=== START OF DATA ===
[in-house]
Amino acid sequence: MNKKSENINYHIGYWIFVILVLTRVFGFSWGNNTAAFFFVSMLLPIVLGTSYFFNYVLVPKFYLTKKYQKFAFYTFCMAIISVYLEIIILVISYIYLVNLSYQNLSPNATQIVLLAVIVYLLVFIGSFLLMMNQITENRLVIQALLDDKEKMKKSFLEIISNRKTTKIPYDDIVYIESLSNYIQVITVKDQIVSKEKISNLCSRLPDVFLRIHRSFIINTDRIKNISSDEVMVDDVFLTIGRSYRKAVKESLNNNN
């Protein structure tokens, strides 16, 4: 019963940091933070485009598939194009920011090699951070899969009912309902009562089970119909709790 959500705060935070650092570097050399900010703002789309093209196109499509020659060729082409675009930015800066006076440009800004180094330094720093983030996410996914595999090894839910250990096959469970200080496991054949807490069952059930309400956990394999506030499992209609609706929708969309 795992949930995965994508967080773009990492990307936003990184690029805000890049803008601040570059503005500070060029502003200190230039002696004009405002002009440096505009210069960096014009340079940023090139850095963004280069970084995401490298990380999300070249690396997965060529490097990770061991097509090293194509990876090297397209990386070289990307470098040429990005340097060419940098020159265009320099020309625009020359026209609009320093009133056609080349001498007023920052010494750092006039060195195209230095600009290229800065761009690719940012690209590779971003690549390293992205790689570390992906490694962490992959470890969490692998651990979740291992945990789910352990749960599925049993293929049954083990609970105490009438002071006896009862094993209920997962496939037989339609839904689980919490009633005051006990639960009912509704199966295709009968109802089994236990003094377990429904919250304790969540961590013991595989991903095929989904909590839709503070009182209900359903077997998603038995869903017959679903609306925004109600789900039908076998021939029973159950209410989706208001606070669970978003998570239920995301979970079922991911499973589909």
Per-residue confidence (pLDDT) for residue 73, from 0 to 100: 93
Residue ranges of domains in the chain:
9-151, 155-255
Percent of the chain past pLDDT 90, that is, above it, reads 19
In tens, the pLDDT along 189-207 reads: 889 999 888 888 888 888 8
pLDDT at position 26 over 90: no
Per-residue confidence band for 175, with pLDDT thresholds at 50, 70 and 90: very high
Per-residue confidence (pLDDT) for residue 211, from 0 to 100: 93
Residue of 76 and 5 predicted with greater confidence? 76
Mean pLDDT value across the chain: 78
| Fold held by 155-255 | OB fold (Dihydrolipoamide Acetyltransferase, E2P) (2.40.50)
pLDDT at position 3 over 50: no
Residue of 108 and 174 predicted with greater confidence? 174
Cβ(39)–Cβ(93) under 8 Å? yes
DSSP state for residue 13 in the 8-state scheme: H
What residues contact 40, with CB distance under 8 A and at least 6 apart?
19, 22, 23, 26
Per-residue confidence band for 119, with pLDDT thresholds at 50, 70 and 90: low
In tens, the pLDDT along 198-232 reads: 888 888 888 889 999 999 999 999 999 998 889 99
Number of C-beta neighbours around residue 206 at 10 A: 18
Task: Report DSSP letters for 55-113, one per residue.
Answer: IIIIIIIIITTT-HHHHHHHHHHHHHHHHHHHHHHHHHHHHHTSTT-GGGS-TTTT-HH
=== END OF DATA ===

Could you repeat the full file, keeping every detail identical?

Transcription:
[in-house]
Amino acid sequence: MNKKSENINYHIGYWIFVILVLTRVFGFSWGNNTAAFFFVSMLLPIVLGTSYFFNYVLVPKFYLTKKYQKFAFYTFCMAIISVYLEIIILVISYIYLVNLSYQNLSPNATQIVLLAVIVYLLVFIGSFLLMMNQITENRLVIQALLDDKEKMKKSFLEIISNRKTTKIPYDDIVYIESLSNYIQVITVKDQIVSKEKISNLCSRLPDVFLRIHRSFIINTDRIKNISSDEVMVDDVFLTIGRSYRKAVKESLNNNN
């Protein structure tokens, strides 16, 4: 019963940091933070485009598939194009920011090699951070899969009912309902009562089970119909709790 959500705060935070650092570097050399900010703002789309093209196109499509020659060729082409675009930015800066006076440009800004180094330094720093983030996410996914595999090894839910250990096959469970200080496991054949807490069952059930309400956990394999506030499992209609609706929708969309 795992949930995965994508967080773009990492990307936003990184690029805000890049803008601040570059503005500070060029502003200190230039002696004009405002002009440096505009210069960096014009340079940023090139850095963004280069970084995401490298990380999300070249690396997965060529490097990770061991097509090293194509990876090297397209990386070289990307470098040429990005340097060419940098020159265009320099020309625009020359026209609009320093009133056609080349001498007023920052010494750092006039060195195209230095600009290229800065761009690719940012690209590779971003690549390293992205790689570390992906490694962490992959470890969490692998651990979740291992945990789910352990749960599925049993293929049954083990609970105490009438002071006896009862094993209920997962496939037989339609839904689980919490009633005051006990639960009912509704199966295709009968109802089994236990003094377990429904919250304790969540961590013991595989991903095929989904909590839709503070009182209900359903077997998603038995869903017959679903609306925004109600789900039908076998021939029973159950209410989706208001606070669970978003998570239920995301979970079922991911499973589909």
Per-residue confidence (pLDDT) for residue 73, from 0 to 100: 93
Residue ranges of domains in the chain:
9-151, 155-255
Percent of the chain past pLDDT 90, that is, above it, reads 19
In tens, the pLDDT along 189-207 reads: 889 999 888 888 888 888 8
pLDDT at position 26 over 90: no
Per-residue confidence band for 175, with pLDDT thresholds at 50, 70 and 90: very high
Per-residue confidence (pLDDT) for residue 211, from 0 to 100: 93
Residue of 76 and 5 predicted with greater confidence? 76
Mean pLDDT value across the chain: 78
| Fold held by 155-255 | OB fold (Dihydrolipoamide Acetyltransferase, E2P) (2.40.50)
pLDDT at position 3 over 50: no
Residue of 108 and 174 predicted with greater confidence? 174
Cβ(39)–Cβ(93) under 8 Å? yes
DSSP state for residue 13 in the 8-state scheme: H
What residues contact 40, with CB distance under 8 A and at least 6 apart?
19, 22, 23, 26
Per-residue confidence band for 119, with pLDDT thresholds at 50, 70 and 90: low
In tens, the pLDDT along 198-232 reads: 888 888 888 889 999 999 999 999 999 998 889 99
Number of C-beta neighbours around residue 206 at 10 A: 18
Task: Report DSSP letters for 55-113, one per residue.
Answer: IIIIIIIIITTT-HHHHHHHHHHHHHHHHHHHHHHHHHHHHHTSTT-GGGS-TTTT-HH